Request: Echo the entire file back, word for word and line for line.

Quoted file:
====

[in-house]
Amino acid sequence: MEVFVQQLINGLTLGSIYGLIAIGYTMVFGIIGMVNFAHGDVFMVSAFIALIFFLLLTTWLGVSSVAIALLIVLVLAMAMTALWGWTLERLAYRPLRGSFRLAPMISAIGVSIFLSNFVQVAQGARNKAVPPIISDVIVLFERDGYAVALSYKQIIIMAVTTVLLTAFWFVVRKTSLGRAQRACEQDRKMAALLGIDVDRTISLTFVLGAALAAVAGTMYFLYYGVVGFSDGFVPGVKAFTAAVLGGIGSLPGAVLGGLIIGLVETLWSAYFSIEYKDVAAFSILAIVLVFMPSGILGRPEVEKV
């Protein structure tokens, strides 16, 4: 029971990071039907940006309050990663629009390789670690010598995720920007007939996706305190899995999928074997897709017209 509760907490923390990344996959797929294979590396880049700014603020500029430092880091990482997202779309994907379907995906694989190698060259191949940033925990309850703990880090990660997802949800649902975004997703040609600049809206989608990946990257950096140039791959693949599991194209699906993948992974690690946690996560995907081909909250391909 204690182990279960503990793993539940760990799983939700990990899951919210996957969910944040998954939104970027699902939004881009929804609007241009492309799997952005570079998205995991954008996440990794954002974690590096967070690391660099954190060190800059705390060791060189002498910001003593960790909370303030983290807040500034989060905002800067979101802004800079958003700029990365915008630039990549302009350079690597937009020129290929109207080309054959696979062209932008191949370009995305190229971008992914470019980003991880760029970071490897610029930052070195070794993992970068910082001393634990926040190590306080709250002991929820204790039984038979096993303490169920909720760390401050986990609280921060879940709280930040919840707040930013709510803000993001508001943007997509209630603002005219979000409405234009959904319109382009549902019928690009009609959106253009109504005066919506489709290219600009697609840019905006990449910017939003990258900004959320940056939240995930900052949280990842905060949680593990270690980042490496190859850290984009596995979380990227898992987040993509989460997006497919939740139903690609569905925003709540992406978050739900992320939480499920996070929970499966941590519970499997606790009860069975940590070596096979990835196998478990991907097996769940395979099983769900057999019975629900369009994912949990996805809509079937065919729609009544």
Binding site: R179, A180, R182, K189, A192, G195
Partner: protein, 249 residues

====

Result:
[in-house]
Amino acid sequence: MEVFVQQLINGLTLGSIYGLIAIGYTMVFGIIGMVNFAHGDVFMVSAFIALIFFLLLTTWLGVSSVAIALLIVLVLAMAMTALWGWTLERLAYRPLRGSFRLAPMISAIGVSIFLSNFVQVAQGARNKAVPPIISDVIVLFERDGYAVALSYKQIIIMAVTTVLLTAFWFVVRKTSLGRAQRACEQDRKMAALLGIDVDRTISLTFVLGAALAAVAGTMYFLYYGVVGFSDGFVPGVKAFTAAVLGGIGSLPGAVLGGLIIGLVETLWSAYFSIEYKDVAAFSILAIVLVFMPSGILGRPEVEKV
């Protein structure tokens, strides 16, 4: 029971990071039907940006309050990663629009390789670690010598995720920007007939996706305190899995999928074997897709017209 509760907490923390990344996959797929294979590396880049700014603020500029430092880091990482997202779309994907379907995906694989190698060259191949940033925990309850703990880090990660997802949800649902975004997703040609600049809206989608990946990257950096140039791959693949599991194209699906993948992974690690946690996560995907081909909250391909 204690182990279960503990793993539940760990799983939700990990899951919210996957969910944040998954939104970027699902939004881009929804609007241009492309799997952005570079998205995991954008996440990794954002974690590096967070690391660099954190060190800059705390060791060189002498910001003593960790909370303030983290807040500034989060905002800067979101802004800079958003700029990365915008630039990549302009350079690597937009020129290929109207080309054959696979062209932008191949370009995305190229971008992914470019980003991880760029970071490897610029930052070195070794993992970068910082001393634990926040190590306080709250002991929820204790039984038979096993303490169920909720760390401050986990609280921060879940709280930040919840707040930013709510803000993001508001943007997509209630603002005219979000409405234009959904319109382009549902019928690009009609959106253009109504005066919506489709290219600009697609840019905006990449910017939003990258900004959320940056939240995930900052949280990842905060949680593990270690980042490496190859850290984009596995979380990227898992987040993509989460997006497919939740139903690609569905925003709540992406978050739900992320939480499920996070929970499966941590519970499997606790009860069975940590070596096979990835196998478990991907097996769940395979099983769900057999019975629900369009994912949990996805809509079937065919729609009544």
Binding site: R179, A180, R182, K189, A192, G195
Partner: protein, 249 residues